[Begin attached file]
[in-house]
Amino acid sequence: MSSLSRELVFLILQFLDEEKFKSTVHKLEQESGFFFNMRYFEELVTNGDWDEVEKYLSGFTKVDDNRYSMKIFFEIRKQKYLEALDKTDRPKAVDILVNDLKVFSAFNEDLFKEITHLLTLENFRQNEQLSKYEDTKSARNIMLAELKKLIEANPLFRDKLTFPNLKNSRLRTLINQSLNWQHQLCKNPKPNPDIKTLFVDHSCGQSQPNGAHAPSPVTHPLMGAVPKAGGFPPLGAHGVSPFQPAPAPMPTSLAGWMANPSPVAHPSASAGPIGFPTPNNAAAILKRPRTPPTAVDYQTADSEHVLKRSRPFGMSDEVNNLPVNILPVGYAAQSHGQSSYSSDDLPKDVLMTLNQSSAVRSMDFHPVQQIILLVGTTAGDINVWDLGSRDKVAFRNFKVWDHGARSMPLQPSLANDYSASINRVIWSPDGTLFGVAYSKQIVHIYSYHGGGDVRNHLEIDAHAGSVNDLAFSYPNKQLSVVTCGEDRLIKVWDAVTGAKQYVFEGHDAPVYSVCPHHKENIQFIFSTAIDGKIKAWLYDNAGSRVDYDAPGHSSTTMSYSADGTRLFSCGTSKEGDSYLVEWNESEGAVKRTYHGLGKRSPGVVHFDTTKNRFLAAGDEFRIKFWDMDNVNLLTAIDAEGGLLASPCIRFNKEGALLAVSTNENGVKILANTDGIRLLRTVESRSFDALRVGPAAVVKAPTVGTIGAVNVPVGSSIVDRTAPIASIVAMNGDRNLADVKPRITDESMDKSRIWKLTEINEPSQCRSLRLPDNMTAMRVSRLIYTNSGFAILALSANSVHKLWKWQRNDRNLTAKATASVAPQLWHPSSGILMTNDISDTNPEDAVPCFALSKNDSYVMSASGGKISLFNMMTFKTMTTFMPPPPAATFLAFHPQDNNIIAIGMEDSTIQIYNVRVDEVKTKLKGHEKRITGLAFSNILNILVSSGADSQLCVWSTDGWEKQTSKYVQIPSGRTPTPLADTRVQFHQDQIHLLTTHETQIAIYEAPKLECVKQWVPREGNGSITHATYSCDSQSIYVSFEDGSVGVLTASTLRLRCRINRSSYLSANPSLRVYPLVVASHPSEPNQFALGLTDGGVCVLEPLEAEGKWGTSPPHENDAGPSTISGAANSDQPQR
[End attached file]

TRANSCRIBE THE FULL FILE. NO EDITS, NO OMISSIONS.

[in-house]
Amino acid sequence: MSSLSRELVFLILQFLDEEKFKSTVHKLEQESGFFFNMRYFEELVTNGDWDEVEKYLSGFTKVDDNRYSMKIFFEIRKQKYLEALDKTDRPKAVDILVNDLKVFSAFNEDLFKEITHLLTLENFRQNEQLSKYEDTKSARNIMLAELKKLIEANPLFRDKLTFPNLKNSRLRTLINQSLNWQHQLCKNPKPNPDIKTLFVDHSCGQSQPNGAHAPSPVTHPLMGAVPKAGGFPPLGAHGVSPFQPAPAPMPTSLAGWMANPSPVAHPSASAGPIGFPTPNNAAAILKRPRTPPTAVDYQTADSEHVLKRSRPFGMSDEVNNLPVNILPVGYAAQSHGQSSYSSDDLPKDVLMTLNQSSAVRSMDFHPVQQIILLVGTTAGDINVWDLGSRDKVAFRNFKVWDHGARSMPLQPSLANDYSASINRVIWSPDGTLFGVAYSKQIVHIYSYHGGGDVRNHLEIDAHAGSVNDLAFSYPNKQLSVVTCGEDRLIKVWDAVTGAKQYVFEGHDAPVYSVCPHHKENIQFIFSTAIDGKIKAWLYDNAGSRVDYDAPGHSSTTMSYSADGTRLFSCGTSKEGDSYLVEWNESEGAVKRTYHGLGKRSPGVVHFDTTKNRFLAAGDEFRIKFWDMDNVNLLTAIDAEGGLLASPCIRFNKEGALLAVSTNENGVKILANTDGIRLLRTVESRSFDALRVGPAAVVKAPTVGTIGAVNVPVGSSIVDRTAPIASIVAMNGDRNLADVKPRITDESMDKSRIWKLTEINEPSQCRSLRLPDNMTAMRVSRLIYTNSGFAILALSANSVHKLWKWQRNDRNLTAKATASVAPQLWHPSSGILMTNDISDTNPEDAVPCFALSKNDSYVMSASGGKISLFNMMTFKTMTTFMPPPPAATFLAFHPQDNNIIAIGMEDSTIQIYNVRVDEVKTKLKGHEKRITGLAFSNILNILVSSGADSQLCVWSTDGWEKQTSKYVQIPSGRTPTPLADTRVQFHQDQIHLLTTHETQIAIYEAPKLECVKQWVPREGNGSITHATYSCDSQSIYVSFEDGSVGVLTASTLRLRCRINRSSYLSANPSLRVYPLVVASHPSEPNQFALGLTDGGVCVLEPLEAEGKWGTSPPHENDAGPSTISGAANSDQPQR